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Bakst's Self-portrait, 1893, oil on cardboard, 34 x 21 cm., The State Russian Museum, St. Petersburg, Russia

Léon Samoilovitch Bakst (May 10, 1866 – December 28, 1924) was a Russian painter and scene- and costume designer who revolutionized the arts he worked in. Born as Lev (Leib) Rosenberg, he was also known as Leon (Lev) Nikolayevich Bakst (Леон (Лев) Николаевич Бакст). Bakst was the family name of his mother. This surname was more suitable for a young Russian artist. Many Bakst's around the world did change their name to Baxt. The family name was never Bakster or Baxter. Baxter is a Scottish surname. In late 2010 the Victoria and Albert Museum in London will hold an amazing exhibition of it's costumes and prints from Leon Bakst.[1]

Contents

Early life

Leon was born in Grodno (currently Belarus) in a middle-class Jewish family. After graduating from gymnasium, he studied in St. Petersburg Academy of Arts as a noncredit student, working part-time as a book illustrator.

On his first exhibition (1889) he took the name of Bakst based on his mother's family name. The surname 'Rosenberg' was thought to be too Jewish and not good for business. At the beginning of the 1890s he exhibited his works with Society of watercolourists. During 1893 - 1897 he lived in Paris, where he studied at the Académie Julian while still visiting Saint Petersburg often. After the mid-1890s he became a member of the circle of writers and artists formed by Sergei Diaghilev and Alexandre Benois, which later became the Mir Iskusstva art movement.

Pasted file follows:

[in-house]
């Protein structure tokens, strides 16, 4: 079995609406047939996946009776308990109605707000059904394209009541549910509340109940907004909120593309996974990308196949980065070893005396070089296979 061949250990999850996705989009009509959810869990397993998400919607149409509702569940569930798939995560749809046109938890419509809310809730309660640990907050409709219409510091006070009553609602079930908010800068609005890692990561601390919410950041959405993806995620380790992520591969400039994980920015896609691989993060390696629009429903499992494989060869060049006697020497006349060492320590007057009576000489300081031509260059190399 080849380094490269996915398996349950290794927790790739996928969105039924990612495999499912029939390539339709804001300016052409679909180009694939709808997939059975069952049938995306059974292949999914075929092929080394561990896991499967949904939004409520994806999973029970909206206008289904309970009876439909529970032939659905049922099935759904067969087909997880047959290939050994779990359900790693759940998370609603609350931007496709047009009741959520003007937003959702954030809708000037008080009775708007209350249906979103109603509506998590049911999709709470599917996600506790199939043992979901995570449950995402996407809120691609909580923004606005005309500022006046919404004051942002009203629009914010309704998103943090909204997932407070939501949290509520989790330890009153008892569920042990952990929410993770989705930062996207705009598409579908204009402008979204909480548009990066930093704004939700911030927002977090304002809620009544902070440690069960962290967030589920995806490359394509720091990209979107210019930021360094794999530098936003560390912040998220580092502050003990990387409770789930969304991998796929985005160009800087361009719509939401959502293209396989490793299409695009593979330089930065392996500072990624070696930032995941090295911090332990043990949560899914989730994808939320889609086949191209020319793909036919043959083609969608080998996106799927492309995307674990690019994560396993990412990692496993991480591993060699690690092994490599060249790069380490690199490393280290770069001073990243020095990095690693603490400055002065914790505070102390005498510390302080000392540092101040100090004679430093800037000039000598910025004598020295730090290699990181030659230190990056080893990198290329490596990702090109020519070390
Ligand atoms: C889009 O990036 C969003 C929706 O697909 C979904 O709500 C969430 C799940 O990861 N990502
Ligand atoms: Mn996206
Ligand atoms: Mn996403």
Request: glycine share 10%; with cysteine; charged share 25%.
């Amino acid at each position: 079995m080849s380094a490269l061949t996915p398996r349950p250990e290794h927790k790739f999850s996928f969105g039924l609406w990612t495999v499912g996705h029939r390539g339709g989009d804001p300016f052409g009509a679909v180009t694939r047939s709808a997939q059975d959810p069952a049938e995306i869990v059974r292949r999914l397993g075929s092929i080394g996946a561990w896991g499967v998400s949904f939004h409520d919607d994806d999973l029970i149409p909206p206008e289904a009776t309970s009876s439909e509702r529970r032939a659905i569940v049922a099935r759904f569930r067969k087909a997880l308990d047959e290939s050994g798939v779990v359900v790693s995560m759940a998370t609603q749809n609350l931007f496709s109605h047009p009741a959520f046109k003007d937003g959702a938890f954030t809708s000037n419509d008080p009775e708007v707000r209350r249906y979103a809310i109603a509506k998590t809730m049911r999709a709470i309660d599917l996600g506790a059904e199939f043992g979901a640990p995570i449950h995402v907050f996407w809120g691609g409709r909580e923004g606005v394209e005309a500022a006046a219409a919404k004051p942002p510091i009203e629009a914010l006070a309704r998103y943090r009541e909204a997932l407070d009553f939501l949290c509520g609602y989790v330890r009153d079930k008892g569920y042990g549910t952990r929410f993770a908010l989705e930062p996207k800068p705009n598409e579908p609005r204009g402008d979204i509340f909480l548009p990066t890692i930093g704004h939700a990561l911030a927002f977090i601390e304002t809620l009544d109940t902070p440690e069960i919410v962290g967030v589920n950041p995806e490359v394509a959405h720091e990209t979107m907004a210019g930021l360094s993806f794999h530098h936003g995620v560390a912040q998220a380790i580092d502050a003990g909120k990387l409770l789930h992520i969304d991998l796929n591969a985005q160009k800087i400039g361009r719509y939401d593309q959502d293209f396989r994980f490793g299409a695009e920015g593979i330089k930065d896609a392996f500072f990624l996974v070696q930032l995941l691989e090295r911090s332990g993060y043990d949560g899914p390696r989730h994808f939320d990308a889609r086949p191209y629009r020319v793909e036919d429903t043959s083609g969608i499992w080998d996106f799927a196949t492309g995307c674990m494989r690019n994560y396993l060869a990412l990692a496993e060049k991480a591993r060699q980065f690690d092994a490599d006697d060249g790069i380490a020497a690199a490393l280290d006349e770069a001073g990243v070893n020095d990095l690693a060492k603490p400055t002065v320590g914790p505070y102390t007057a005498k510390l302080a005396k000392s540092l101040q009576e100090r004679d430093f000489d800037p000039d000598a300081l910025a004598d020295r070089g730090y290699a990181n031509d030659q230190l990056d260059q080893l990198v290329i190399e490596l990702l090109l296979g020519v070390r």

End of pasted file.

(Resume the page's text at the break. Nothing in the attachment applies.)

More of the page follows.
In 1899, he co-founded with Sergei Diaghilev the influential periodical World of Art. His graphics for the World of Art magazine brought him fame.

Rise to fame

He continued easel painting as well producing portraits of Filipp Malyavin (1899), Vasily Rozanov (1901), Andrei Bely (1905), Zinaida Gippius (1906). He also worked as an art teacher for the children of Grand Duke Vladimir Alexandrovich of Russia. In 1902, he took a commission from Tsar Nicholas II to paint Meeting of Russian sailors in Paris.

In 1898, he showed his works in the Diaghilev-organized First exhibition of Russian and Finnish Artists; in World of Art exhibitions, as well as the Munich Secession, exhibitions of the Union of Russian Artists, etc.

During the Russian Revolution of 1905, Bakst worked for the magazines, Zhupel, Adskaja Pochta, and Satyricon, then for an art magazine called Apollon.

Beginning in 1909, Bakst worked mostly as a stage-designer, designing sets for Greek tragedies, and, in 1908, he made a name for himself as a scene-painter for Diaghilev with the Ballets Russes. He produced scenery for Cleopatra (1909), Scheherazade (1910), Carnaval (1910), Narcisse (1911), Le Spectre de la Rose (1911), and Daphnis et Chloé (1912)). During this time, he lived in western Europe because, as a Jew, he did not have the right to live permanently outside the Pale of Settlement.

During his visits to Saint Petersburg he taught in Zvantseva's school, where one of his students was Marc Chagall (1908-1910).

In 1914, Bakst was elected a member of the Imperial Academy of Arts.

In 1922, he broke his relationship with Diaghilev and the Ballets Russes. He died in 1924 in Paris from lung problems.

Gallery of Selected Works

See also

References

  1. ^ Victoria and Albert Museumretrieved December 16, 2009

Sources

  • Marc Chagall, My Life, St.-Petersburg, Azbuka, 2000, ISBN 5-267-00200-3

External links

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